Mathematics plays an important role in many aspects of computer science. This course sets the stage for the type of mathematics that computer scientists rely on to produce effective software solutions. This course can be viewed as a language course, that is, you will be learning the language of mathematics. I will follow two books that cover similar material in distinctly different ways. Schaum's Notes (SN) are an excellent resource for a well organized source of course material. Discrete Mathematics Elementary and Beyond (DMEB) provides colour and motivation for the same material.
The course will consist of the following elements:

Notation and definitions and notational conventions: Using the language learning analogy this is equivalent to learning vocabulary and grammar and colloquialisms. SN will be the main source for this material.

Tricks and techniques: Sticking with the language learning analogy, this is equivalent to learning writing styles, problem solving methods. SN does a good job of presenting this. However, DMEB is better at providing lots of insight from experts. SN is a great guide for students, whereas DMEB comes straight from the experts in a more informal but also more insightful way.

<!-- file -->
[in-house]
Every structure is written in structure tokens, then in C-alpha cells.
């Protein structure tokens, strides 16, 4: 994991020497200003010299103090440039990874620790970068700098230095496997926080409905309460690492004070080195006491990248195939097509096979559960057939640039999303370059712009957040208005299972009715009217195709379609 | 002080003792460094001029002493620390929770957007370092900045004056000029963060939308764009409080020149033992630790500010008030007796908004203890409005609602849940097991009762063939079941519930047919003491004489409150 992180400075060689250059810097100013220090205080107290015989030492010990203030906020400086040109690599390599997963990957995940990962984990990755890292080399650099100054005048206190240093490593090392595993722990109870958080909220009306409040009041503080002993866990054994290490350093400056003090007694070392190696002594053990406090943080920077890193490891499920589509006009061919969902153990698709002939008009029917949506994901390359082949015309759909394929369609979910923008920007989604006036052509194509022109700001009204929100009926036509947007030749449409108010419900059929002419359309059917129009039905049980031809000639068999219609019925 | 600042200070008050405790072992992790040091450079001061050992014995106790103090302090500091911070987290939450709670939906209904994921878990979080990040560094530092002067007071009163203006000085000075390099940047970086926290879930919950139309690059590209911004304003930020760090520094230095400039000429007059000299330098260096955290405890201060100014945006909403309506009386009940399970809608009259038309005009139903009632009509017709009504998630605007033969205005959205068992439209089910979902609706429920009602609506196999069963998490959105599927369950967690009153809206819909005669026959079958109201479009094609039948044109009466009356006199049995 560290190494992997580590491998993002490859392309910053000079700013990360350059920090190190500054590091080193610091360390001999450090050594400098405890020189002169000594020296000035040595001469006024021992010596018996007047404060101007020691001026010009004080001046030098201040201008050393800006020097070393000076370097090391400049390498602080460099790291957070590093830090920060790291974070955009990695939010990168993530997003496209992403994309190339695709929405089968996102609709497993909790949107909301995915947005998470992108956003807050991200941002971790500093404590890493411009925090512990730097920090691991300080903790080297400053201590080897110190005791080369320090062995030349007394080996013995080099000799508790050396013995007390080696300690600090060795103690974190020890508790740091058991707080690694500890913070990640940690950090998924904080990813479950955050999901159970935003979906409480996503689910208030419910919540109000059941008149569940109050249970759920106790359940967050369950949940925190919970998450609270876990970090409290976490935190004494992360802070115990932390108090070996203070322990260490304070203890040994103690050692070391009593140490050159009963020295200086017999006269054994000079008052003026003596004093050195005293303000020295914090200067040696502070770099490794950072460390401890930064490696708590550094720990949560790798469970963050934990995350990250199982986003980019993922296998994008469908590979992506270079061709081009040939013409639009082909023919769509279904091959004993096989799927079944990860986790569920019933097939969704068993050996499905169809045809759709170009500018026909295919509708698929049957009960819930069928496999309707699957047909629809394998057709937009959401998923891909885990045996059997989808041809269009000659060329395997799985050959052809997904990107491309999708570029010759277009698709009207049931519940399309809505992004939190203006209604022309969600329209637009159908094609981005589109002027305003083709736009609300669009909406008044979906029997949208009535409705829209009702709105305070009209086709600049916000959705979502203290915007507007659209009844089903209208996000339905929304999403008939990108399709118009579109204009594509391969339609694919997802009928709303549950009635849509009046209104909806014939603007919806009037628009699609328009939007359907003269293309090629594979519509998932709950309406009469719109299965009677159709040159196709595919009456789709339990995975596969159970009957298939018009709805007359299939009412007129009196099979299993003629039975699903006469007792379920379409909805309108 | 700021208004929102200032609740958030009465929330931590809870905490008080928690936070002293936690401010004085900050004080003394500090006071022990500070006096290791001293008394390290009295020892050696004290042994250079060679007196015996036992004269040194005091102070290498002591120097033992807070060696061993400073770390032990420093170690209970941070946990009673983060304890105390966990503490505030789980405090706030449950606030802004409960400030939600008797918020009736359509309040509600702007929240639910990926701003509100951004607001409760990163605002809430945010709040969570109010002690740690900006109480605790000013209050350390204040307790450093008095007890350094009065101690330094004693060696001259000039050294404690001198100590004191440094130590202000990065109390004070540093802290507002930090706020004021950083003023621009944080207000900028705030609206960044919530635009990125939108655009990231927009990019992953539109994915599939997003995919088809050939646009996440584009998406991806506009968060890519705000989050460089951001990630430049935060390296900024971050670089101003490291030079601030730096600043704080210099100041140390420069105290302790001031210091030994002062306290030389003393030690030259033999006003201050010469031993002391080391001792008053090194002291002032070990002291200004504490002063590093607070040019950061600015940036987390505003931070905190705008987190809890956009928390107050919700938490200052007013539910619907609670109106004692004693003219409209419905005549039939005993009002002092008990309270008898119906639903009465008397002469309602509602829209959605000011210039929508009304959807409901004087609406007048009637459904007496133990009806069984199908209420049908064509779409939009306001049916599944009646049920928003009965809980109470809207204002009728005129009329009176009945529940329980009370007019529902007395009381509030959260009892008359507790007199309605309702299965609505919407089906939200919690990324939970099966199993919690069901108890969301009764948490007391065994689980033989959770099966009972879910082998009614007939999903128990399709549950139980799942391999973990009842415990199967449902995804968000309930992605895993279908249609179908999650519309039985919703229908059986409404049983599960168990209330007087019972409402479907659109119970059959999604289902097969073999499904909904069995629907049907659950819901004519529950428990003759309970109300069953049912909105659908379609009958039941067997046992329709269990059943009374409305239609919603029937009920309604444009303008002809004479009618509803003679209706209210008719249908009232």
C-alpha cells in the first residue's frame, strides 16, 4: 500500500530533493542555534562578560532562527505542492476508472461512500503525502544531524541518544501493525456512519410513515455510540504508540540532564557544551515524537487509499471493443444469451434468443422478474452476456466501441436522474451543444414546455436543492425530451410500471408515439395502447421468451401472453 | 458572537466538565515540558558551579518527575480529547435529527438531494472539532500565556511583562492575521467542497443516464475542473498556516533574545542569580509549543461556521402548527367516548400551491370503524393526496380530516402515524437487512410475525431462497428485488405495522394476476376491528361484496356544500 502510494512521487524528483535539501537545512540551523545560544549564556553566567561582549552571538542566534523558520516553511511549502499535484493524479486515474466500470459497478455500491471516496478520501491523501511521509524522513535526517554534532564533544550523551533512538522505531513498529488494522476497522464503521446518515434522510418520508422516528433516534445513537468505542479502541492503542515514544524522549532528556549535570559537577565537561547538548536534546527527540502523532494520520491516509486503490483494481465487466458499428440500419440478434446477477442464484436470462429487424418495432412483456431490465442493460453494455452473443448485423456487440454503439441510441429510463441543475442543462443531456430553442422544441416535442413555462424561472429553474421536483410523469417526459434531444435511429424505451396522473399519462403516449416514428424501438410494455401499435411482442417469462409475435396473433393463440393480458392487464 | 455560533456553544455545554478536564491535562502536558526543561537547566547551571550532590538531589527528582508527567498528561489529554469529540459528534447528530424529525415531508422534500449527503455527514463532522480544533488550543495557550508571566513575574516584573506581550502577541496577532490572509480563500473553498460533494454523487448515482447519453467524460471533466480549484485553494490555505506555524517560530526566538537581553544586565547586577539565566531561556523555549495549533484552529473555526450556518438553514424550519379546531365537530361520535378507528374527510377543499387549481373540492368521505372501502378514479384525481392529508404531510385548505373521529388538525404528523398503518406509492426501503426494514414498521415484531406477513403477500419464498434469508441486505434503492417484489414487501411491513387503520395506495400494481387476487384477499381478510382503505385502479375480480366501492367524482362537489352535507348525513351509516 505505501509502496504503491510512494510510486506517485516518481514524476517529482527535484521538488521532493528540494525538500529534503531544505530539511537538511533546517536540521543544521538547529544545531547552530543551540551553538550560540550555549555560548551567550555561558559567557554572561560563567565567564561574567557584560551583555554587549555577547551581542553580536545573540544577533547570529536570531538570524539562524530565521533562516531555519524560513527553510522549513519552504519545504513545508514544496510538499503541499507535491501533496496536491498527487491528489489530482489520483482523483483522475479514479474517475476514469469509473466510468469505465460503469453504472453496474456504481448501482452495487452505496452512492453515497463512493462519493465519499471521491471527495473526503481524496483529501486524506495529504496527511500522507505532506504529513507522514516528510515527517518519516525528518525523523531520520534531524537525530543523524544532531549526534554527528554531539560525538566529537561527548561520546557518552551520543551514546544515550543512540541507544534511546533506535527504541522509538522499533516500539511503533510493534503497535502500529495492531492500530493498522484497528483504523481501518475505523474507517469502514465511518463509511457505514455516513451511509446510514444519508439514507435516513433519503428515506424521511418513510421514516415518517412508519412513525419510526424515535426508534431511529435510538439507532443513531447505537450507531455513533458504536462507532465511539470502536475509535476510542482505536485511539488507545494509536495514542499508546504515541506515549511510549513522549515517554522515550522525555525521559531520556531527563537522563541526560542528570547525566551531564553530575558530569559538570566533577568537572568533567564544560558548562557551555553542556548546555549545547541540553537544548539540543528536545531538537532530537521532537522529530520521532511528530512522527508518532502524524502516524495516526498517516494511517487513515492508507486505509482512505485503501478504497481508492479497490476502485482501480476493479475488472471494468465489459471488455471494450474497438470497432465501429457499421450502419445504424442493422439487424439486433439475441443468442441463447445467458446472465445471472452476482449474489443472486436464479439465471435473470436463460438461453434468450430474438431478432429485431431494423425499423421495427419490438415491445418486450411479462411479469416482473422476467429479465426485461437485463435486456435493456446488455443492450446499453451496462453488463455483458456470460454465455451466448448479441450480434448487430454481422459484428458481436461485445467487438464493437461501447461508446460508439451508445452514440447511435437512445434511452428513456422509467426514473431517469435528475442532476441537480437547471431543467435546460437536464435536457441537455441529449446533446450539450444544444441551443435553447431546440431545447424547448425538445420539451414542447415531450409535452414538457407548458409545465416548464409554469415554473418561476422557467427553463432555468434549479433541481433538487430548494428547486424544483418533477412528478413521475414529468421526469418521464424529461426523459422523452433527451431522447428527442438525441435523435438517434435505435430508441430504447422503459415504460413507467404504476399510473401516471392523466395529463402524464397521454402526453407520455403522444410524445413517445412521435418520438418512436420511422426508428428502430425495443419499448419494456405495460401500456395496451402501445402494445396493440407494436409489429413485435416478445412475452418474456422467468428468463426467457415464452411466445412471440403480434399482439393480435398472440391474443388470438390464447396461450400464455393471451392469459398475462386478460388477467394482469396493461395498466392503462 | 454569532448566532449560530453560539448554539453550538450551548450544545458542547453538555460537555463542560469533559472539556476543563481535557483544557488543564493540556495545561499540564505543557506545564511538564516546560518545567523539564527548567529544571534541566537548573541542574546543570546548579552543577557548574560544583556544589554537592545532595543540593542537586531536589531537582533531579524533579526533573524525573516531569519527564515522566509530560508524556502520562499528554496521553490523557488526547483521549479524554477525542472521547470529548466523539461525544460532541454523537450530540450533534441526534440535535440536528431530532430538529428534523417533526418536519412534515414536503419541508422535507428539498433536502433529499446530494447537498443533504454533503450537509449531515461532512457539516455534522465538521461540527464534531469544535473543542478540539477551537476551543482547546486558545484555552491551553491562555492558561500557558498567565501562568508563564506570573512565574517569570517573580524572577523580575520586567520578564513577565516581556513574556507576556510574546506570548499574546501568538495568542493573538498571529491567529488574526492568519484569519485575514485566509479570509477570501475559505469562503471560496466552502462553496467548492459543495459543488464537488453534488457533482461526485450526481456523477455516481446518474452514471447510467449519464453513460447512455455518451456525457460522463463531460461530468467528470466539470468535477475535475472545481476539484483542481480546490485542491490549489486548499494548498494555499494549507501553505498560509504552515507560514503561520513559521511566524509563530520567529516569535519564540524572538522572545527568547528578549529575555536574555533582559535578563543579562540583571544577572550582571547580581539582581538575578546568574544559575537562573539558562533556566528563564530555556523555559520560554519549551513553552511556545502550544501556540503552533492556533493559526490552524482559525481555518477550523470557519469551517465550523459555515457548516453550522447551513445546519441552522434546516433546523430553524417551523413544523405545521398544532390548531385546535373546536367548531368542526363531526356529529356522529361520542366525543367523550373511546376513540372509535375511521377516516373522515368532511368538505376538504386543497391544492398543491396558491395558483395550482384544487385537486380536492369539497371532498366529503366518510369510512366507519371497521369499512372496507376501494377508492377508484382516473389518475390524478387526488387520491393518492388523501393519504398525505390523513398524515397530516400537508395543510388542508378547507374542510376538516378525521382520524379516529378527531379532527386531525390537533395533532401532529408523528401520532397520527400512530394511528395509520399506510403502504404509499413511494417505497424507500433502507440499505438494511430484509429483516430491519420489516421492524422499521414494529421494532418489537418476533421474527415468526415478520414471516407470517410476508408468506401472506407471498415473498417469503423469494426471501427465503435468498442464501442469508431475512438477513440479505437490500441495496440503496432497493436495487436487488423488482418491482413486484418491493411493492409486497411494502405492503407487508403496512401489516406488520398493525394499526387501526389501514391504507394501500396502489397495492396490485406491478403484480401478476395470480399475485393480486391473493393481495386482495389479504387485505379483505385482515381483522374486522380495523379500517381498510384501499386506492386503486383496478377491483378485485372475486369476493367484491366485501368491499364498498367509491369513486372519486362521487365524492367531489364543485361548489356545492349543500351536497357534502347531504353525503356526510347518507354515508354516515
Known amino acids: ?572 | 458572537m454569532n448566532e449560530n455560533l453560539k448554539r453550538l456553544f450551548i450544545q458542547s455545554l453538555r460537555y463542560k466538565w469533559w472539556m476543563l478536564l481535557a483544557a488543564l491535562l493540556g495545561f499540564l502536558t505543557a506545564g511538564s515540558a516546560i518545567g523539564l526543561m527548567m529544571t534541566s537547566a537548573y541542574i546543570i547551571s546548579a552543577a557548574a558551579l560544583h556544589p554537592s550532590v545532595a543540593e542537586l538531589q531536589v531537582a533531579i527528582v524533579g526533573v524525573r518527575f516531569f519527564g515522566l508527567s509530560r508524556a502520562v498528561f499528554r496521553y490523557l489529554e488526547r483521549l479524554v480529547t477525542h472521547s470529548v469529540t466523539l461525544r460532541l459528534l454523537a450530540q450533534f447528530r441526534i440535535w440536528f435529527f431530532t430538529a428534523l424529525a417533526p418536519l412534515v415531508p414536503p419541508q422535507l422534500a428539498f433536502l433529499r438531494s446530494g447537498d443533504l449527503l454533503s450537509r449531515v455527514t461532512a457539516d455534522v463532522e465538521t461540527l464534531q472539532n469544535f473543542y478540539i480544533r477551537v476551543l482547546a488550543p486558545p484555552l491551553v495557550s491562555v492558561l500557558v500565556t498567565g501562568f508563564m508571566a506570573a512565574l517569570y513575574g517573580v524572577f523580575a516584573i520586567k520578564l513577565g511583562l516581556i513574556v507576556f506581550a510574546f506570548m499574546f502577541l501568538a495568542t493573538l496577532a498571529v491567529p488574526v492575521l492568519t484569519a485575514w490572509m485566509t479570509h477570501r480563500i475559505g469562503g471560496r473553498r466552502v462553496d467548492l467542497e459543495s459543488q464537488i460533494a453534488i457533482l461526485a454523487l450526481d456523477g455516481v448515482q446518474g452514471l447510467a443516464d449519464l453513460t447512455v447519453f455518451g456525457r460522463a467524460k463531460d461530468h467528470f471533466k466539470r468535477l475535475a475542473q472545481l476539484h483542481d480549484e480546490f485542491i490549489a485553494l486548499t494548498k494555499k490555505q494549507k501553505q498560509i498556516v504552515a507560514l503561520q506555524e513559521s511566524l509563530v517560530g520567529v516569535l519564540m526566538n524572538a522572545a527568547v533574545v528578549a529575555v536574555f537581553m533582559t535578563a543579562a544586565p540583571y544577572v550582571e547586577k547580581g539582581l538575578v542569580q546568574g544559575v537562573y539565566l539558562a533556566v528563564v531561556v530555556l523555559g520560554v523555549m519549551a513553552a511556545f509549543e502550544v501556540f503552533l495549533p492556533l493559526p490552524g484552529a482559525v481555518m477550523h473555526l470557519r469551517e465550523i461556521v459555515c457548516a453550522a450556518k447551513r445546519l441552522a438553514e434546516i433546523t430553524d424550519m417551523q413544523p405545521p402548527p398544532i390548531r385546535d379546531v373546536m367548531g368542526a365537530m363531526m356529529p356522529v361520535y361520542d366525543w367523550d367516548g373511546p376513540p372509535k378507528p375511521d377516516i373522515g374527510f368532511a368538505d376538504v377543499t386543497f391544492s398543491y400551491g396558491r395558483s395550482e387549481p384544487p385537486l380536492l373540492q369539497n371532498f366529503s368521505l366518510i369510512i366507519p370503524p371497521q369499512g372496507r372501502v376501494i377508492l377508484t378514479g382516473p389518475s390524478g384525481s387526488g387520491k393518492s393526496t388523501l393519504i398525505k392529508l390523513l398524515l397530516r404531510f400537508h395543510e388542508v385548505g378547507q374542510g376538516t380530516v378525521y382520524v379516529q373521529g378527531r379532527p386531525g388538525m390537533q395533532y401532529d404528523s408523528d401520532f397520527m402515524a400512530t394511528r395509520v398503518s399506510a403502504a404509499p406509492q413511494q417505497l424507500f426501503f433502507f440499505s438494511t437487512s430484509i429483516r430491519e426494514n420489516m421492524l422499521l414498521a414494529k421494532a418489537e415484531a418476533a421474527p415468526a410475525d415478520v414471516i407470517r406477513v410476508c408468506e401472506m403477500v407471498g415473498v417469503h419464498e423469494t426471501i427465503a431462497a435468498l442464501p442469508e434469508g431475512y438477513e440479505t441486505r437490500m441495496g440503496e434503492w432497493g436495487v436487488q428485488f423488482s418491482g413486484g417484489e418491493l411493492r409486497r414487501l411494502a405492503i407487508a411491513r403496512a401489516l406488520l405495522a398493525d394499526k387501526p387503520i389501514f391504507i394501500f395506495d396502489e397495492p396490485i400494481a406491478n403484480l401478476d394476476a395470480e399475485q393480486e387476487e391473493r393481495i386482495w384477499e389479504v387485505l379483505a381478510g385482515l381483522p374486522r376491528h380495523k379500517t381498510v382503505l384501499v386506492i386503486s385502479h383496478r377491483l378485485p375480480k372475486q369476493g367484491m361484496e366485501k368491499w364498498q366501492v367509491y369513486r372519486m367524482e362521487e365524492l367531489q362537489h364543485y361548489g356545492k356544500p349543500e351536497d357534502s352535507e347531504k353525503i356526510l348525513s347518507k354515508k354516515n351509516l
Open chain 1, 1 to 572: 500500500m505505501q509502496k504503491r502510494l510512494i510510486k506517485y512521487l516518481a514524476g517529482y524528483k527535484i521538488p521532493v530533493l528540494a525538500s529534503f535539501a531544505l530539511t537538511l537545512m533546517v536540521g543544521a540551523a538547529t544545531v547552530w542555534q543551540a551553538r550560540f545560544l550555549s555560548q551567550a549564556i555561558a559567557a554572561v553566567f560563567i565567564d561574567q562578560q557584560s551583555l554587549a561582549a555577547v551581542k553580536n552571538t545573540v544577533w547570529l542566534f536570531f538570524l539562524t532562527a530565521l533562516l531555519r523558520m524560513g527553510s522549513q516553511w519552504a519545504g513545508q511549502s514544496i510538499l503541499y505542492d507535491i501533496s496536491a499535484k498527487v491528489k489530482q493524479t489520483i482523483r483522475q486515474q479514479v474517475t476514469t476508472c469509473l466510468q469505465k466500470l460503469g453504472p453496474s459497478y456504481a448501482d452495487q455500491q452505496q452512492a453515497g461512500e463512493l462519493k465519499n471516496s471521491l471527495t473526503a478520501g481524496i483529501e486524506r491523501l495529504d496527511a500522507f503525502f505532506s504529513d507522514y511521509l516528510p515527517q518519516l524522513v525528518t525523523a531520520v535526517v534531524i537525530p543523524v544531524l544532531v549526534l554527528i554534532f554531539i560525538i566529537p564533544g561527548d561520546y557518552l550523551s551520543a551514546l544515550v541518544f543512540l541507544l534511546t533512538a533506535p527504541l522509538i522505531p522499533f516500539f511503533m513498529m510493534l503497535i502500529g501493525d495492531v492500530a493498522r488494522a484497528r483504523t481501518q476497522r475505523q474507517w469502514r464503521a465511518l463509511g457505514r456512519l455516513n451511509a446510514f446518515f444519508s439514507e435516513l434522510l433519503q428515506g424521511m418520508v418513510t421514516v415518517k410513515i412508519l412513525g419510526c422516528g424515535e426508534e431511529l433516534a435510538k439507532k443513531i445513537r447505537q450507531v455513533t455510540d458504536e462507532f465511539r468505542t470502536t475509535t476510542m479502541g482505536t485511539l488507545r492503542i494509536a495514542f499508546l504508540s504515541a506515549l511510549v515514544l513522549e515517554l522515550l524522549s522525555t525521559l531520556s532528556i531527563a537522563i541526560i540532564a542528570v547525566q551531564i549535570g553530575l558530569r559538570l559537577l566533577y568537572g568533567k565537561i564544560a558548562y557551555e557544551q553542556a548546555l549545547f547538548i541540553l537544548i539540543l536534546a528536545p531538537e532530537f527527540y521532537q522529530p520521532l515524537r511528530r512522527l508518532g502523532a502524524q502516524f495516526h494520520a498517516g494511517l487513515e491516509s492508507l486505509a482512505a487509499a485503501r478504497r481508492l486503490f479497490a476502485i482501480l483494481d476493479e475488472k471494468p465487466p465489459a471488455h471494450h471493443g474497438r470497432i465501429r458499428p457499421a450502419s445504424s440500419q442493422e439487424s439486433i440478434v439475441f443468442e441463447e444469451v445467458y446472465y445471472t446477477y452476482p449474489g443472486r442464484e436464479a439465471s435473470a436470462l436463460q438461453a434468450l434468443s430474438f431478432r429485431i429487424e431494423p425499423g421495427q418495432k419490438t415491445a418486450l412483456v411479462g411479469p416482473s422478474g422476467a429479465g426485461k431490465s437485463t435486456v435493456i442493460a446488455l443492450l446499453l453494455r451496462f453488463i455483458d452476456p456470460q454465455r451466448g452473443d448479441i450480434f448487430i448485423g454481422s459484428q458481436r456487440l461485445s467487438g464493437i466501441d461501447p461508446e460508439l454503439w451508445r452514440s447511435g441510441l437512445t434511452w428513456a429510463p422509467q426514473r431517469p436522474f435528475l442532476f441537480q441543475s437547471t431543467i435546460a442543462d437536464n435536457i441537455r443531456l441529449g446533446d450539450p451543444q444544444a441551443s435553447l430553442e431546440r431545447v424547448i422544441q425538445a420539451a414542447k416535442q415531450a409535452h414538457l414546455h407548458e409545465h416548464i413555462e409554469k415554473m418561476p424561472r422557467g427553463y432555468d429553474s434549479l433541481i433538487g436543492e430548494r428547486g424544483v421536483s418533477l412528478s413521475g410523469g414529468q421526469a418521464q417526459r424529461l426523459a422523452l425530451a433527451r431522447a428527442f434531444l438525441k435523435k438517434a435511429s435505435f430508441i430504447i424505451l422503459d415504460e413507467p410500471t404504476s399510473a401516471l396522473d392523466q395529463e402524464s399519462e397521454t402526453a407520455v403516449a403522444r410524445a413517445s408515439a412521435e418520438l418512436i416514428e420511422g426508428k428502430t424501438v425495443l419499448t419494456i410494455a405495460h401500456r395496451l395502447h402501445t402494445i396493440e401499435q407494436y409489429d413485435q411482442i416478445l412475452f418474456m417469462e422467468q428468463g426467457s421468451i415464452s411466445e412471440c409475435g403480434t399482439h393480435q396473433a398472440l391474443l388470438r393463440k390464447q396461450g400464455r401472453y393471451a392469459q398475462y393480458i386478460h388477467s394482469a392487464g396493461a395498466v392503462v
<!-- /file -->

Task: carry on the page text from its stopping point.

Practice, practice, practice: This is the key to success. Doing exercises is the only way to absorb the material properly. You can't learn to play a sport, play an instrument, or how to be a good writer solely by reading a book. This material is no different.

Outline and Schedule

Topics. Chapter numbers are from SN. Topics from DMEB will be selected as the course progresses.

Sets (Chapter 1)
Relations (Chapter 2)
Functions (Chapter 3)
Logic (Chapter 4)
Counting Techniques (Chapter 5 and 6)
Integers and Induction (Chapter 11)
Patterns of Proof (PDF Handout) (Chapter 4)
The topics covered this term will be similar to last term (Winter 2016), but may differ slightly at times. You can see a fairly detailed record on last term's web page:
The following table will be updated as the term progresses.
Week 1
Introduction, Notation, Set Theory, Counting Problems
Notes for week 1.
Homework 1 Solutions to Homework 1 will be done in class on Monday September 19.
Monday, September 12
Good morning. Please read the lecture notes for week 1, the readings posted for homework, and work on homework 1 so that you finish it by next Monday.
Tuesday, September 13

Thursday, September 15

Week 2
Laws of Set Theory, Indexed Sets, Principle of Inclusion and Exclusion
Notes for week 2.
Monday, September 19
Homework 2
Solutions Homework 1
Tuesday, September 20
Thursday, September 22

Week 3
Mathematical Induction